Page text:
Generation after generation raises our food and fiber.

A delightful ditty by Robert Ganey singing about living in the fields of America. Video shot in the farm land and Tule Lake National Wildlife Refuge surrounding Tulelake, California.

We begin with a speech by Steve Thompson at the Lower Klamath National Wildlife Refuge Centennial Celebration on August 8, 2008. Steve had just retired as U.S. Fish and Wildlife Service Region Eight Manager – California and Nevada. He has been intimately involved with the water issues confronting the Klamath Reclamation Project. On this day, high winds were ripping across the basin. Digital audio repairs allow Steve’s speech to be shared with a minimum of wind and flag flapping distractions. Anders apologizes for the audio quality but the speaker’s intent is important.

A note: Steve speaks of certainty, but not sitting at the table, and unwilling to compromise, are the Endangered Species Act and Court systems. Ultimately, these two super-cede and dictate directions society must follow. In 2010, a dry year has curtailed, and will most likely reduce, water deliveries to the Klamath Irrigation Project. This also means Tule Lake and Lower Klamath National Wildlife Refuges will have less water delivered.
A balance is tipped and human ingenuity is at a premium.

For twelve thousands years man has been watching hunting wildlife here.

Overview and quick history of the landscape, wildlife and people that make the Klamath Basin National Wildlife Refuges what it is, a natural wonder of diversity.

One Wildlife Complex – Six Refuges: Abundance and Diversity.

The Klamath Basin National Wildlife Complex is made of six refuges: Lower Klamath, Tule Lake, Clear Lake, Upper Klamath, Klamath Marsh and Bear Valley National Wildlife Refuges.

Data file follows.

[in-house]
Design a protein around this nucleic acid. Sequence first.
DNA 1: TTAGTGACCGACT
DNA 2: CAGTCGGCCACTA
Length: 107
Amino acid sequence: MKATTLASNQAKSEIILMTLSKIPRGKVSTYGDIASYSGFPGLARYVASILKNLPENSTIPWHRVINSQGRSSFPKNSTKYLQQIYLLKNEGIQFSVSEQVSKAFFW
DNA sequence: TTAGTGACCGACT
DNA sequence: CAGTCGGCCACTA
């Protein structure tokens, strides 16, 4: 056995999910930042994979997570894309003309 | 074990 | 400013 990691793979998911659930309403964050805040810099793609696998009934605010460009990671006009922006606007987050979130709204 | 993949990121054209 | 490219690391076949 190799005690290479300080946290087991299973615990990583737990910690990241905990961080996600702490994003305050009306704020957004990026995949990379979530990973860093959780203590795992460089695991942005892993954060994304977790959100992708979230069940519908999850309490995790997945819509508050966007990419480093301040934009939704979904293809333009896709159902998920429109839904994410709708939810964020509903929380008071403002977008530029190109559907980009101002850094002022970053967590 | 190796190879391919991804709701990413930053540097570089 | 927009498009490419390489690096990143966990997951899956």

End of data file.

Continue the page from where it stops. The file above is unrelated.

These are wonderful places for all.

In any season enjoy nature’s interplay in a majestic landscape.

A Year in the LIfe of the Klamath Basin National Wildlife Refuges. The six refuges span the Upper Klamath Basin from Klamath Marsh, east of Crater Lake National Park, to Tule Lake and Lower Klamath, north of the Lava Beds National Monument.

Managing resources to enhance wildlife and agricultural production.

Managing natural resources in the Klamath Basin National Wildlife Complex is a challenging inside its complexity. One feature is the Walking Wetlands program that rotates land from wetlands to farm fields on and off the Refuges.

Bob Ganey American Tourist pauses at the foot of Pelican Butte and discusses a proposed ski resort. The controversial issue was supported by Klamath Falls largest company and most of the business community. Eventually the U.S. Forest Service would deny the project. The major backer, willing to spend $3,000,000 on the failed attempt, suffered an economic downturn in the late 2000’s and was sold to a Canadian company. Yes – there can be trouble in paradise. Bob notes that this April 2001 was one of the warmest springs in memory – no snow on the ground. He also shares information on Upper Klamath Lake.

Bob Ganey American Tourist stops off in Rocky Point, Oregon along his tour of the Volcanic Legacy All-American road. He is greeted by Captain Bill Cadman who takes Bob on an enjoyable Upper Klamath National Wildlife Refuge boat ride.

It is February 2001, Bob Ganey American Tourist, is headed north on scenic Highway 97. He pulls into the Oregon Visitor center just south of Klamath Falls, OR. Bob discovers a poster for Oregon’s Volcanic Legacy Scenic Byway which has since been expanded to the Volcanic Legacy All-American Road connecting Mt. Lassen in California and Crater lake in Oregon. Bob decides to take his fans on a little journey through Klamath County, Oregon.

Bob Ganey American Tourist is back on the Voilcanic Legacy All-American. This stop is a brief overview of the Lava Beds National Monument in Northern California. He is talking lava tube caves, petroglyphs, indian wars and other things.
Music includes excerpts from Bob’s songs “All-American Road” and “Restless Winds”.

Bob Ganey American Tourist is taken back by the majesty as he lays his eyes on Crater Lake for the first time. He demonstrates his reading skills with a National Park monument which graphically displays information for the visitor.

Bob Ganey American Tourist stops at a scenic pullout along Highway 62 just north of Fort Klamath, Oregon and at the foot of Crater Lake.